Currance challenges mental-health stereotypes

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Lana-CurranceLana Currance started in the health care field as a nurse — working in critical care, emergency rooms and flight nursing. But six years ago, she discovered a new passion that changed her career completely: behavioral health.

The new CEO at Peak View Behavioral Health, a mental health facility that includes both inpatient and outpatient treatments for children, teenagers, adults and the elderly, Currance started her career as a registered nurse after graduating from Arapahoe Community College. She received a master’s degree in nursing and health care administration from the University of Phoenix.

A Colorado native, Currance has long loved the Springs. She grew up in Seibert, a small rural town alongside Interstate 70 in the eastern part of the state. “That’s where I learned the value of work ethic at an early age,” she said.

Now she’s putting that work ethic to use at Peak View, which opened last fall and has days when every inpatient room is booked — meaning that the staff has to coordinate with other area hospitals and mental-health care providers to get people help they need.

 

Why did you take the position at Peak View?

I took the role of CEO because our values in patient-centered care and the mission of the home office were a match. They have a beautiful facility with caring team members and serve a critical need in the community. Of course, the view of Pikes Peak is always a plus.

 

What are the biggest challenges of working in mental health?

The biggest challenge in this field is helping patients and their families understand what resources are out there so they don’t feel isolated and alone. It’s hard to know when it is time to pick up the phone and who to call. When patients come here for support, we let them know we understand what they are going through is real and that they are in the right place. It is usually not your best day when you come to us, but we are here, and we want to help put your life back on track. Another challenge is explaining to the community how to access our care. People are often surprised to learn you do not need a formal physician referral to have an assessment, and we operate 24/7. We get calls every day from families, physician offices, senior communities and others looking for help for their loved one, resident or patient. Someone is always here to help, and all you need to do is call and talk with our admissions clinicians or walk in.

 

How does Peak View fight the old stereotypes of mental-health care?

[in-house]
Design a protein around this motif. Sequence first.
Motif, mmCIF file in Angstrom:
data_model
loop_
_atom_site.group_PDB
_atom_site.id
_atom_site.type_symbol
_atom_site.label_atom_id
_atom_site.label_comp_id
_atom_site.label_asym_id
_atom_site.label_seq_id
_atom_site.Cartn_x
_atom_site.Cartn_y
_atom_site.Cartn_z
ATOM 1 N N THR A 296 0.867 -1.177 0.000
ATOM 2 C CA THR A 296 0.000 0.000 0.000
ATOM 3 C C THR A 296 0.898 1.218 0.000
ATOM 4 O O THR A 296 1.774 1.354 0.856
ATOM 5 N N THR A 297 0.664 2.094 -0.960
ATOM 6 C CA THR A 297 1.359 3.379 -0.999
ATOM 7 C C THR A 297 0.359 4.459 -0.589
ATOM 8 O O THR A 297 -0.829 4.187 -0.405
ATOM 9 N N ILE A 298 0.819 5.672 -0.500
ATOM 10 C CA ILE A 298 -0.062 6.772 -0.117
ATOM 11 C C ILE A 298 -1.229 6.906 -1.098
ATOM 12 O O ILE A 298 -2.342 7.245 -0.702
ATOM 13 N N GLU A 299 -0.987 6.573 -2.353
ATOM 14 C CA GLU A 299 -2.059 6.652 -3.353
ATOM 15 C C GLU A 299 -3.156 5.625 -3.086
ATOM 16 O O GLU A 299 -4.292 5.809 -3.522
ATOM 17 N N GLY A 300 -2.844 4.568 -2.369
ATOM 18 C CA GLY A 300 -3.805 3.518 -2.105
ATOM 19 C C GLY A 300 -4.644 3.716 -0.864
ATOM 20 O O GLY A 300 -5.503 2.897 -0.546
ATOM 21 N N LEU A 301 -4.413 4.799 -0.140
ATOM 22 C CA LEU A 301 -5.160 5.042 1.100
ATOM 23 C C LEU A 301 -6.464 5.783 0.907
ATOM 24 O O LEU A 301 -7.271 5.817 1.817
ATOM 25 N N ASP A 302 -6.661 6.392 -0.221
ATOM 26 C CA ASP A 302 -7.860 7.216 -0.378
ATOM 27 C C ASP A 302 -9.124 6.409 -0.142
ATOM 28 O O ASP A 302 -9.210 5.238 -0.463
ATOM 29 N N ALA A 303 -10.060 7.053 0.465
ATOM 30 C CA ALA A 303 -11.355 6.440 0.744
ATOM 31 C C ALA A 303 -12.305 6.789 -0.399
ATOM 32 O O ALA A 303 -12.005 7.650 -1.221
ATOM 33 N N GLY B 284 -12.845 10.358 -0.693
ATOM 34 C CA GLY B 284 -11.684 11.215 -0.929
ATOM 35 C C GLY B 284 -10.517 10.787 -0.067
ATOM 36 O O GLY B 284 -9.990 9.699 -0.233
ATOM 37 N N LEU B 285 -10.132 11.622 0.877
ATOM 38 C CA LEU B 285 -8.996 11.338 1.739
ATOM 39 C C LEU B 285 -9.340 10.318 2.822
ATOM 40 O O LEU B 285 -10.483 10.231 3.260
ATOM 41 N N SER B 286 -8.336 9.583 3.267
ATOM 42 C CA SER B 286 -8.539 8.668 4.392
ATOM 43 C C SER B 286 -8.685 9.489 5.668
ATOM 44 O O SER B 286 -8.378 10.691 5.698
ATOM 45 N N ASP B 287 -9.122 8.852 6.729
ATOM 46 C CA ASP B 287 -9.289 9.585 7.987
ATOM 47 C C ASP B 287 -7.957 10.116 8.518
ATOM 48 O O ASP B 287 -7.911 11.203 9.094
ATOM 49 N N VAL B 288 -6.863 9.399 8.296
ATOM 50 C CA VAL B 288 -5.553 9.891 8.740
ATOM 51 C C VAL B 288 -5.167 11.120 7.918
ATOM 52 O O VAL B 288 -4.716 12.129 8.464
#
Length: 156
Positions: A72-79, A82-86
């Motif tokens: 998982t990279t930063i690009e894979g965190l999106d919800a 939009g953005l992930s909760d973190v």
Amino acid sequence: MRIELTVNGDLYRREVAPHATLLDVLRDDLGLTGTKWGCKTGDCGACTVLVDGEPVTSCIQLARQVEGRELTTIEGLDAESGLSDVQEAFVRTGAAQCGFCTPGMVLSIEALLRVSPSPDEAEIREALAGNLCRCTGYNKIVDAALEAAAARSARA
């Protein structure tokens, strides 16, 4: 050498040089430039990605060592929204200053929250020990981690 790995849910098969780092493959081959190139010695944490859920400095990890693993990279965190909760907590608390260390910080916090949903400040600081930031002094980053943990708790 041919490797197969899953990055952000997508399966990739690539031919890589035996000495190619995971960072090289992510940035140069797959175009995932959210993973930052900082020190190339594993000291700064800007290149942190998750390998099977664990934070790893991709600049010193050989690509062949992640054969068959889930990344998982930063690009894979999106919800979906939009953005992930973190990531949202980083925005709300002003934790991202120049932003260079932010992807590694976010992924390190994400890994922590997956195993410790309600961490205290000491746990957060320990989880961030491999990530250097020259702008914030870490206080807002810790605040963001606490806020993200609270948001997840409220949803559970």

Perseverance is critical in this field. One interaction, one event, one patient, one visitor, one family member at a time is an opportunity to break the stereotype. The conversations related to behavioral health are more prevalent today. At Peak View we make sure the patients and families understand the treatment goals and expectations for our programs. Communication is essential. Ambiguity leads to frustrations during an already uncomfortable situation. We have a compassionate team with some of the best psychiatric providers in southern Colorado.

In addition, most people only think of our inpatient program when they think of services. We know not everyone needs this level of care, and we have an entire area of the hospital dedicated to our outpatient programs where participants get the support they need in a group setting. We believe this program option is breaking the stereotype that all people needing help need the highest level of care possible (acute inpatient hospitalization). It also doesn’t hurt that we have a brand-new, state-of-the art hospital, a gym and outdoor courtyards; it really breaks the stereotype for behavioral facilities.

 

What are your plans for the future of the behavioral health hospital?

We will continue to serve Colorado Springs and all of Colorado with compassion and empathy for this population. Continuing to provide quality of care and serve all age ranges from adolescents to geriatrics providing inpatient and outpatient services. Our hospital is completely open now, and we are serving adolescents, adults and seniors. We opened all of the outpatient programs and inpatient units for these population segments slowly, safely and methodically as we grew the team. We continue to see these programs develop and have some thoughts about serving children, but not in the immediate future. We, of course, continue to be a resource for our military families and have many team members who are veterans or dependents themselves. So the plan right now is to keep doing what we’re doing, do it well and then look at possible program expansions.

 

How will the Affordable Care Act change the way you do business?

For the mental-health industry, the ACA is encouraging. People who didn’t have insurance will now have access to it and mental health is included in their new covered benefits. I understand the ACA is much broader and comprehensive in scope and recognize there are many who don’t agree with all of the changes, which is understandable. This particular detail of the ACA will hopefully encourage our community to get the mental-health services they need. We will wait and see what the outcomes are, as healthcare is ever-changing. n CSBJ